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The idea that Americans should be afraid to protest is a threat to our democracy

Protesters march Sunday in Kenosha, Wisconsin, where Kyle

Protesters march Sunday in Kenosha, Wisconsin, where Kyle Rittenhouse was acquitted of all charges after pleading self-defense in the deadly Kenosha shootings that became a flashpoint in the nation's debate over guns, vigilantism and racial injustice. Credit: AP/Paul Sancya

Given the magnitude of the crime he was charged with, it seems senseless to think of Kyle Rittenhouse as a child. However, he is a child who has made fundamental errors in judgment, partly through consumption of right-wing ideology. In many ways, Rittenhouse is a victim of his own circumstances. If he had been taught in school to understand the context and history of Blacks and other minority groups in America and their current social plight, and how the opportunities he enjoys today are based on historical and ongoing injustices, he may have had a little more empathy for protesters in Kenosha Wisconsin. He may have chosen a trajectory different from one of hatred and bigotry. In a counterfactor world, Kyle Rittenhouse would have driven to volunteer to serve in the community, and not volunteered to kill.

Those who claim to support Rittenhouse actually do not care for him nor his family. They are hypocrites who use a child for their own cynical agenda. None of them would want their child to be in his predicament. A flaw in their belief system is their merciless legitimization and glorification of violence. They have no moral qualms. Compared to many nations, we are already an extremely violent society, and we continue to descend to even more savageries. It is morally wrong that so many Americans, and particularly those who advocate for gun rights, do not see the humanity of others. To take advantage of such a tragic occurrence is pathetic in all ways and forms.

Rittenhouse’s claim and those of his supporters that he is not racist has no relevance to the issue. In fact, his actions contradict his claim of being non-racist and delegitimize his claim of support for Black Lives Matter. An objective observer can review the evidence and determine that Rittenhouse’s very act of going to Kenosha was intended to inflict harm and not to protect a particular group of people. The mostly Black protestors in Kenosha rallied against differential applications of police force against minorities. The two white men he killed were also protesting against racial injustices.

White supremacist claims and support of racial hierarchies espouse that those who oppose the status quo may as well be Black. They have a distorted view that considers whites who seek justice for their fellow humans as enemies who have betrayed the white race. White supremacists demand that whites think as a group, unified by their whiteness. They have absolutist interpretations and cannot fathom that some whites would oppose the system of whiteness from which they benefit.

In the 21st century, racists have legitimate reasons not to own their racism. Fox News and its team peddle racist narratives. Their audiences and those victimized by the violence of their rhetoric understand the context and connotation of their discourse. Yet, it is delusional to expect Fox News and similar media to admit that they are racist and that they market racist content.

Thousands of Kyle Rittenhouses could be saved from future catastrophes through education. However, their parents do all they can to prevent discussion of racism and other form of social injustices in classrooms. Right-wing narratives fuel opposition to teaching about the underpinnings of social stratification and their resulting societal ills. Those who oppose teaching American racial history in schools are creating future Kyles. While their racial animus could be deadly, it could also manifest through denial of education, employment and other basic services based on skin color.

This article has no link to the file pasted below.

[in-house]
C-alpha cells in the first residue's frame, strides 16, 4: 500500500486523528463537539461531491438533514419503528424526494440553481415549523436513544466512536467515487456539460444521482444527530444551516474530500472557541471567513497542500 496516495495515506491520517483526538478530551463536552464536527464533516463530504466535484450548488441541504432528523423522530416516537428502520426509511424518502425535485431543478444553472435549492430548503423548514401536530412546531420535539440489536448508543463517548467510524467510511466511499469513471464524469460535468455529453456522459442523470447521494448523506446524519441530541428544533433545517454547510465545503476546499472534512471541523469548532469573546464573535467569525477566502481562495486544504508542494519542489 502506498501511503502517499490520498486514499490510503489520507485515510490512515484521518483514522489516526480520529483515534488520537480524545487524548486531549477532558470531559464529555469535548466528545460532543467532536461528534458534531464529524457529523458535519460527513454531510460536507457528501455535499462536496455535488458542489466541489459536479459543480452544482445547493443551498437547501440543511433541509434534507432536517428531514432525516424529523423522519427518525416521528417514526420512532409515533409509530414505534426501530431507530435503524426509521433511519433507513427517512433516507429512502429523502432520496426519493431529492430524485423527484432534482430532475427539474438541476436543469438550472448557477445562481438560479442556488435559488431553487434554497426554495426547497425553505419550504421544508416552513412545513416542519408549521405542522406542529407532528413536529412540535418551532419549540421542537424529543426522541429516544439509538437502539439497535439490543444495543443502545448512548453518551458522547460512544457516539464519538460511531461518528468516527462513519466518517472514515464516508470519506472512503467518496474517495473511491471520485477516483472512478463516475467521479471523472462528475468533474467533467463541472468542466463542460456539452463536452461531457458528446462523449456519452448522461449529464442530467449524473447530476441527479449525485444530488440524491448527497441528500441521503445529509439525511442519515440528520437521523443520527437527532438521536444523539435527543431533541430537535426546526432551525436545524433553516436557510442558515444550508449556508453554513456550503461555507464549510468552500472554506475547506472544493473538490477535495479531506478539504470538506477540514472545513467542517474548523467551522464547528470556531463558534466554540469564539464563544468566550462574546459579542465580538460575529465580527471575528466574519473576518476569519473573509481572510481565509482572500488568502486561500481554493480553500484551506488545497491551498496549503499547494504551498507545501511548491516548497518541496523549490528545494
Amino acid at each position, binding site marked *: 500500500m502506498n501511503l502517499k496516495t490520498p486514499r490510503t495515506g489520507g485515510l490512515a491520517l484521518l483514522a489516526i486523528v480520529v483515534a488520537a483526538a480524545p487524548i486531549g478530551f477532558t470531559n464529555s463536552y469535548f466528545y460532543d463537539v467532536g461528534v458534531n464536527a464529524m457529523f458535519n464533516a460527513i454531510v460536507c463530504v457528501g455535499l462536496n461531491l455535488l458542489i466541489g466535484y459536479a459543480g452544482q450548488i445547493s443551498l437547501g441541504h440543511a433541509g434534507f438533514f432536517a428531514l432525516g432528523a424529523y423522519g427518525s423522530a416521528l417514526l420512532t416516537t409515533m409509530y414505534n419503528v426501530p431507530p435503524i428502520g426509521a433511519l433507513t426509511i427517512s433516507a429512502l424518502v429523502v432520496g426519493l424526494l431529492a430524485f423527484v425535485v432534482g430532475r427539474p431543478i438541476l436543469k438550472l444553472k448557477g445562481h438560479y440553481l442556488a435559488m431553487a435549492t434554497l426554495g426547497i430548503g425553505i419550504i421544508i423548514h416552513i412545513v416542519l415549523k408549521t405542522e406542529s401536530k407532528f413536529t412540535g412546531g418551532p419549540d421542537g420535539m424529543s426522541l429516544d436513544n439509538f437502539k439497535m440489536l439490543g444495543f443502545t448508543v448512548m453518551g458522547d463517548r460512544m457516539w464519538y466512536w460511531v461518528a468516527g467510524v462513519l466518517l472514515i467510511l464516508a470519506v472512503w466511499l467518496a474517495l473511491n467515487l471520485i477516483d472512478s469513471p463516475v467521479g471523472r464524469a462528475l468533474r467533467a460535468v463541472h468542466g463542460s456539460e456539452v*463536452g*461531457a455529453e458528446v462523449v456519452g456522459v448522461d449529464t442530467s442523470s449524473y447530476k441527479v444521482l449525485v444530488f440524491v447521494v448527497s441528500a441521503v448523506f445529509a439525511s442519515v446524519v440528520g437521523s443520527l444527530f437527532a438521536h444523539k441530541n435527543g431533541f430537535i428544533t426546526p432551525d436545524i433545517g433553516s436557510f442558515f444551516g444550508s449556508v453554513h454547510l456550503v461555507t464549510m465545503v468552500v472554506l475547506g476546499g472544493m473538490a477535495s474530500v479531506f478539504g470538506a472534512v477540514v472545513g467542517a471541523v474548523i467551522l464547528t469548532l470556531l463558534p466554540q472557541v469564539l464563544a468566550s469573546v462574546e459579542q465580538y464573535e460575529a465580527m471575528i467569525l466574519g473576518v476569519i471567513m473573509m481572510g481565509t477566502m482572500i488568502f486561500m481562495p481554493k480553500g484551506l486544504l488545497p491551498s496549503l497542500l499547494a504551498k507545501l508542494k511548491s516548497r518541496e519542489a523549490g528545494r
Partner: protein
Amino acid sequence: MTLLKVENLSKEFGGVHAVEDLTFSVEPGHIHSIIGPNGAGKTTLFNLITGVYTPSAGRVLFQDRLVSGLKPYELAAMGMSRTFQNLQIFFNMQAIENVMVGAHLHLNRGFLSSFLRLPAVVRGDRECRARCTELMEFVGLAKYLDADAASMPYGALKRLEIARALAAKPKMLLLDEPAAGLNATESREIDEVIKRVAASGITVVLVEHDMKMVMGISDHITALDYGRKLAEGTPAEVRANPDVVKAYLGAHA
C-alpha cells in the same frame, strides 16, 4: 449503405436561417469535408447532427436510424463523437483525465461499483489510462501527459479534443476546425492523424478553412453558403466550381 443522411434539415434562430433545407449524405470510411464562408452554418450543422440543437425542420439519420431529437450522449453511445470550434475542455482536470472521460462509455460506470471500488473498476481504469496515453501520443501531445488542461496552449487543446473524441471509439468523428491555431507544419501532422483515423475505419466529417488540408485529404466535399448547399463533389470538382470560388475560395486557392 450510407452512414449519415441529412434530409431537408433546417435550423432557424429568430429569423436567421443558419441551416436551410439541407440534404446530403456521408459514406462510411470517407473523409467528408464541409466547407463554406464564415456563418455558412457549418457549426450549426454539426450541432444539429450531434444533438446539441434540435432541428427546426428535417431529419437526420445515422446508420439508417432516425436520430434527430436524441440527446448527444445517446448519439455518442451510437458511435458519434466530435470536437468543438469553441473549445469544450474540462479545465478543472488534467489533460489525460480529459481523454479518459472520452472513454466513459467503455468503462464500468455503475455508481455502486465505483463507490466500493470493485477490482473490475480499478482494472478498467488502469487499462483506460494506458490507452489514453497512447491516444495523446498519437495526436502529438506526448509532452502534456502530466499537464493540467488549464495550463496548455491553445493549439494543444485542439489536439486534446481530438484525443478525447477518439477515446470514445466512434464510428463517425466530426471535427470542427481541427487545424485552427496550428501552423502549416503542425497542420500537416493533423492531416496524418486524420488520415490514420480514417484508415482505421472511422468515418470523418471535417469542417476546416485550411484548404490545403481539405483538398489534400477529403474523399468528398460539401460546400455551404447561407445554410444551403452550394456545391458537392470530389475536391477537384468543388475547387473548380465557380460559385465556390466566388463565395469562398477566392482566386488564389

The families of those Rittenhouse shot and killed, and their supporters, oppose the not-guilty verdict; not only to bring closure and a sense of justice for the victims, but also to set a precedent so that this carnage is not repeated. Conviction was not intended for retribution, but as closure for the victims’ families and as future deterrence.

In a nation founded through protest, all Americans should have the right to protest against injustice, without fear of being gunned down. Those devoid of power protest against oppressive systems; it was such protest that contributed fundamentally to American democracy, which we continue to hold sacred. The idea that Americans should be afraid to protest is a threat to our democracy.

As the Rittenhouse verdict demonstrates, there are fundamental flaws within the American legal system, including its letters of the law, presiding judges and those who adjudicate. Race has been a serious conceptual flaw since the origin of American society. In the 21st century, race is still an issue and will remain so for a very long time. Many of our societal ills are underpinned by racial animus. Americans will have to take giant steps to make any meaningful racial progress, which not only helps racial minorities, but saves America from internal "carnage."

Racial harmony and racial equity benefit all Americans. A dominant group will not continue to prosper by containing minority groups at the pit of the social hierarchy. There is a spillover effect of structural violence into all of society. Every person’s quality of life suffers, whether directly or indirectly.

Danielle Taana Smith, PhD., of Syracuse, is professor of African American Studies and director of the Renée Crown University Honors Program at Syracuse University.

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